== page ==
If you're simply etching details rather than etching around details, you can perhaps avoid the masking in the previous step. In the images here, the white leather job was etching all the areas around the words in my logo, where the brown leather was etching the inverse version of my logo, and the words themselves were being etched. Play around and see what works best for your design, and possibly invert the artwork if needed.
A cautionary tale about laser etching leather...
Real leather is quite literally, cow hide. Have you ever scorched your knuckle hair while messing with fireworks or toasting marshmallows over a campfire? If so, you’re familiar with the putrid smell that is burnt hair. Well bad news – hair and skin are both made up of similar proteins, such as keratin, meaning laser etching leather smells like burnt hair. It stinks, suffice to say!
The patch will stink for a few days but it dissipates rather quickly.
Step 6: Clean Up Your Patches
After the laser is done doing all the hard work, it's time to clean up the leather!
If you masked your design, you're going to need to remove all the itsy bitsy pieces of tape. To make this step easier on yourself, I recommend taping down a piece of painters tape, adhesive side up, to hold your patch and then use pieces of a stronger tape to rip off the various pieces of tape trapped in your design.
If there is any smoke residue, a paper towel dampened with rubbing alcohol wipes this right away.
If you etched away a particularly large amount of leather and you have access to one, I recommend using an air compressor to blow any fine dust out of your design. A can of compressed air would work as well!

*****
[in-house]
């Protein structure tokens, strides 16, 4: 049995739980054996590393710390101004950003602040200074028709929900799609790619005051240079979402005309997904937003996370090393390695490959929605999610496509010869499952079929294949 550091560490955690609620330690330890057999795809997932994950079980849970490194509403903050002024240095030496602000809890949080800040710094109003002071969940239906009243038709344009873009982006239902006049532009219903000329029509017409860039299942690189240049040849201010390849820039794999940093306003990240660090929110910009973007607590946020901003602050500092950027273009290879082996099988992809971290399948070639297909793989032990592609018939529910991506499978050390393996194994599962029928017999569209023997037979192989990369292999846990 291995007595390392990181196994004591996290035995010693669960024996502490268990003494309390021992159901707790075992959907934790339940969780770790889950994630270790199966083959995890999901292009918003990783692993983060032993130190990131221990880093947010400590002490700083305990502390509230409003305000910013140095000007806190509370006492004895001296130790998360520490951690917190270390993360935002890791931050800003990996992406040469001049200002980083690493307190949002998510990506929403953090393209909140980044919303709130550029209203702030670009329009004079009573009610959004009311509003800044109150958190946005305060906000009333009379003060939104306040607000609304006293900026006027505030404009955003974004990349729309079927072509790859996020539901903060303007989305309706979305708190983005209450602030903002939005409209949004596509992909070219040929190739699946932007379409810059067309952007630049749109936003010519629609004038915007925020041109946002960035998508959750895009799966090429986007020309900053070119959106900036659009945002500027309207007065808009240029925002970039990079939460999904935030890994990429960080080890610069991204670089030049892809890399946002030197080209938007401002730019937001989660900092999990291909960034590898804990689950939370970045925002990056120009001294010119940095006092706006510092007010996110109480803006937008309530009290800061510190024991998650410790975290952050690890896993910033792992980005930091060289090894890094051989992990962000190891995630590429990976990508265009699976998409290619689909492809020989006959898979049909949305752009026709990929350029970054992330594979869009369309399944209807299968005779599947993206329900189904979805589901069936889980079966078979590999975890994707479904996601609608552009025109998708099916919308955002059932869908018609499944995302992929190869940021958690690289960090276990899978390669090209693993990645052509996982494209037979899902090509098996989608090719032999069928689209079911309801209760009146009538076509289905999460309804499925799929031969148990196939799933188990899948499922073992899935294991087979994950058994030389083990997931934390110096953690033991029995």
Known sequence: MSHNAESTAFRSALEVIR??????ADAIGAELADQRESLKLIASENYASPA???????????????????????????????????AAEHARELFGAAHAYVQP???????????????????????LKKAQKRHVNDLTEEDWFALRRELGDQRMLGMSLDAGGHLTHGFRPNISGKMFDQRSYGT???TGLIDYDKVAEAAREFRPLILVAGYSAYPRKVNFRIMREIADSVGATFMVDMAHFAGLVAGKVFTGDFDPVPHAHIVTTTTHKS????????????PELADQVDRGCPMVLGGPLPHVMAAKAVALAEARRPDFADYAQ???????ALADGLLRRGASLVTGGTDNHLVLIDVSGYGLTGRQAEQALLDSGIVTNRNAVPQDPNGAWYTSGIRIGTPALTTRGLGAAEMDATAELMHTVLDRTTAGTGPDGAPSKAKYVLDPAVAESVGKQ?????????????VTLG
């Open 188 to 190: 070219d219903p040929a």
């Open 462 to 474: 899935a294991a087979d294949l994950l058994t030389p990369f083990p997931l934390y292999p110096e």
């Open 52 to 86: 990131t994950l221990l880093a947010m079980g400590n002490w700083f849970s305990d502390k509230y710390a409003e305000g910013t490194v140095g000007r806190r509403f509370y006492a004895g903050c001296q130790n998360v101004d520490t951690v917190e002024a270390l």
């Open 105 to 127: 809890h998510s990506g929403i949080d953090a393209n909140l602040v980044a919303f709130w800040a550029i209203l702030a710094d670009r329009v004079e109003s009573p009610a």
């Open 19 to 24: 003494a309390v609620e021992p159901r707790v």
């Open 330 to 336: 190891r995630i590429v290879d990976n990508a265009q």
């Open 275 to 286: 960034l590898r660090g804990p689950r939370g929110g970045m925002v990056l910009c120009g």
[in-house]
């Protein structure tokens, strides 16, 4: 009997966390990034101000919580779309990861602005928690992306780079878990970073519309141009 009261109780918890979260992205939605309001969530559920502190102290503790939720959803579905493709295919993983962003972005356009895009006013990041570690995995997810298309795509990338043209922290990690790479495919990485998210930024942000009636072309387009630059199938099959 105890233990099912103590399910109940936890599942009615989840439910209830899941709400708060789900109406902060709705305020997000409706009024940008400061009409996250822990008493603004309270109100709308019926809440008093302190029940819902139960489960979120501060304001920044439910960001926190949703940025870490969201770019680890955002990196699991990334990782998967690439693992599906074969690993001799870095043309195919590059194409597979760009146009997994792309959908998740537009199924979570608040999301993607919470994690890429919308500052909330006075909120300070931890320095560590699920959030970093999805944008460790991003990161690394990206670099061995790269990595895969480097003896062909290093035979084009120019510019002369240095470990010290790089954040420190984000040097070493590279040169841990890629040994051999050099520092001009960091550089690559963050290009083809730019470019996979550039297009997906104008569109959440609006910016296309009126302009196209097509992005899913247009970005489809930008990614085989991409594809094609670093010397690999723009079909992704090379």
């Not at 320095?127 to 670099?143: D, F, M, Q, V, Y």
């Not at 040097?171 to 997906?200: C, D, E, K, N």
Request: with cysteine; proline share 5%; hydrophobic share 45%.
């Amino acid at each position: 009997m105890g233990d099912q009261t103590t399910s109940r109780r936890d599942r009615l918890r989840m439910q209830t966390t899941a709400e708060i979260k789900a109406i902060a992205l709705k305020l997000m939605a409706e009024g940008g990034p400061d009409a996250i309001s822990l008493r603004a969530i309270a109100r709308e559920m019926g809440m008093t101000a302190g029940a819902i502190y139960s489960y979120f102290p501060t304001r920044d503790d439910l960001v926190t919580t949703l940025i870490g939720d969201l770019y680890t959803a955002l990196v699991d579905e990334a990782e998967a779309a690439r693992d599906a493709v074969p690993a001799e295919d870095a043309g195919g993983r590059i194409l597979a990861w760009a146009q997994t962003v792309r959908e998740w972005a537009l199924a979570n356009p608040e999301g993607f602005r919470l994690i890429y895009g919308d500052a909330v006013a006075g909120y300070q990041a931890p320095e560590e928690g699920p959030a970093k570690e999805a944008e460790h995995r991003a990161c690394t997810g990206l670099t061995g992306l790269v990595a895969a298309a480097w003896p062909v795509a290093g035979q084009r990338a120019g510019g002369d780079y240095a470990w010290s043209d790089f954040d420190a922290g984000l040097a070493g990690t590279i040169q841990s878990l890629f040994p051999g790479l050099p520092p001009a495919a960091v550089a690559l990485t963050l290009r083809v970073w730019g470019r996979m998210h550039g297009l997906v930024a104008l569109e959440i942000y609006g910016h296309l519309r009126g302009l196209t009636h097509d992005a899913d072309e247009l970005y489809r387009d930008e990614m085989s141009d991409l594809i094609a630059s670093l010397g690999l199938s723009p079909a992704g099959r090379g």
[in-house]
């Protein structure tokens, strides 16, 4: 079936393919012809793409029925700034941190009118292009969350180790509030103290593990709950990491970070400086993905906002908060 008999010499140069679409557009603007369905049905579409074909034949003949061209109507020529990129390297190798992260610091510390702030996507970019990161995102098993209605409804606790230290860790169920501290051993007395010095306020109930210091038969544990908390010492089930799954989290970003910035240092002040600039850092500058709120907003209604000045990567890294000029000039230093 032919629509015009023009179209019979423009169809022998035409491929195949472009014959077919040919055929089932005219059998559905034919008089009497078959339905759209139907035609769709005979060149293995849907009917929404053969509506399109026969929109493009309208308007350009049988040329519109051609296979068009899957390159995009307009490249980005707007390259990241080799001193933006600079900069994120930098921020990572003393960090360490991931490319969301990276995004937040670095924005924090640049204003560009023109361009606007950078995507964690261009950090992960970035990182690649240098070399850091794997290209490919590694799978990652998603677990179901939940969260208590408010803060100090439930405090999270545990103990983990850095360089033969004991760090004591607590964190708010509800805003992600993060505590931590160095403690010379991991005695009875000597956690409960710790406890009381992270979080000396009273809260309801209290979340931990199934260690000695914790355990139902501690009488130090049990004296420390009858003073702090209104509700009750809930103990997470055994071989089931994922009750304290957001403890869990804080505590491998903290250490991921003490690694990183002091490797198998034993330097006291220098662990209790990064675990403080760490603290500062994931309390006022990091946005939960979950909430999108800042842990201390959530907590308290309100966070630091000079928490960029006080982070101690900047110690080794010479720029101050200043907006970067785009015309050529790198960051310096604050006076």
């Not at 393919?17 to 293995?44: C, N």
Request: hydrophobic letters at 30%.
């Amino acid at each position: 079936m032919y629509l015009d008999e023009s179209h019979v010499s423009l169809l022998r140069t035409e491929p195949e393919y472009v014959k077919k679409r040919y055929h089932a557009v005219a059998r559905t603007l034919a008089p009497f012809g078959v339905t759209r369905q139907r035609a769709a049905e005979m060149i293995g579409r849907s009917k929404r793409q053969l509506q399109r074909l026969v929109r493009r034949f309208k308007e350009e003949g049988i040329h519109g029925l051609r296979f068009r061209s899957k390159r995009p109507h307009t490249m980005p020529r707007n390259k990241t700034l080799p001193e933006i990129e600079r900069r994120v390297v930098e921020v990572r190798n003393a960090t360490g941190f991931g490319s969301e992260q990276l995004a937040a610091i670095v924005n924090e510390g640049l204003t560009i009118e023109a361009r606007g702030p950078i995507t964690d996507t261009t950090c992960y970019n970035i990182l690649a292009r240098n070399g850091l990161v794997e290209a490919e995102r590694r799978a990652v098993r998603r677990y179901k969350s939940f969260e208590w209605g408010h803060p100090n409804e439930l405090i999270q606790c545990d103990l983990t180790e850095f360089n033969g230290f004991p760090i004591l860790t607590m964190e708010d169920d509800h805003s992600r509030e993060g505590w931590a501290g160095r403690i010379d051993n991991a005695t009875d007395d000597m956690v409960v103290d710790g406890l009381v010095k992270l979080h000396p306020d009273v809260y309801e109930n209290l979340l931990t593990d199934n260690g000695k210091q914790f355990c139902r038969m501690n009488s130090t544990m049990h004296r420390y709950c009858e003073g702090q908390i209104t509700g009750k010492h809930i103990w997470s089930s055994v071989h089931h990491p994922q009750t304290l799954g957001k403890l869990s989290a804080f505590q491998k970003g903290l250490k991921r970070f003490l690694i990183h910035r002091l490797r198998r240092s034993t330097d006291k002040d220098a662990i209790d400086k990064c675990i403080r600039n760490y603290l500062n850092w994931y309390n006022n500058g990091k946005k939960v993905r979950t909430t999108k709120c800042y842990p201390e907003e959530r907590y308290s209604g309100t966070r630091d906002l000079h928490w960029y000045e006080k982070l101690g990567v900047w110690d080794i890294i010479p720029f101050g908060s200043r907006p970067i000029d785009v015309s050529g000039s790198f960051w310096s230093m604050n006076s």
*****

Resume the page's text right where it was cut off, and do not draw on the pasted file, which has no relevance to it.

Step 7: Apply Glue to Your Patch
With our patch(es) made, it's finally time to get them adhered to our hat!
I’m not sure what the big wigs in the custom trucker hat industry use, but after a little research, I decided to use clear E6000. It’s an all-around good all-purpose adhesive that can be used on fabrics, and when it’s fully cured it’s still somewhat flexible, meaning it won't cause the hat to be overly stiff or rigid where the patch is applied, allowing it to still follow the curvature of the hat.
Apply a heavy layer of the E6000 onto the back side of the leather patch, then use a scrap piece of wood, toothpick, or chopstick and spread the adhesive evenly all over the back to fully saturate it.
Step 8: Apply Patch to Your Hat and "Clamp"
Wearing rubber gloves, carefully lift your now very sticky patch and apply it to your hat.
After its in place, use a few pieces of painters tape to hold it in place. This tape doesn't need to be holding down the patch fully, just enough to not let it slide around.
To fully hold the patch down to the surface of the hat, we're going to get a little creative. I decided to place the hats patch-side down on the edge of my table with a heavy quart mason jar of home-canned chicken stock placed inside to hold the surface of the hat flat with the patch as the adhesive cured. You obviously don't need to use exactly that, but anything heavy like a jug of water that can fit inside the hat while the adhesive cures is all you need. Leave to cure for at least 24 hours.
Step 9: Add More Glue, If Necessary
After curing, inspect your patch to see if its fully adhered. I didn't get enough glue in a few areas so it peeled up in spots, so I applied more by masking nearby areas and applying it to the underside of the patch.
Remove the tape before allowing to cure again otherwise the tape could get stuck permanently to the hat.
Step 10: Show Off Your New Hat
That's it! I’m absolutely thrilled with how these hats turned out, and I can’t wait to wear them in my future YouTube videos and around the shop. I hope you enjoyed my write-up about the project!
Be sure to watch the video above for more details, and if you like it please consider subscribing to my YouTube channel for more projects like this.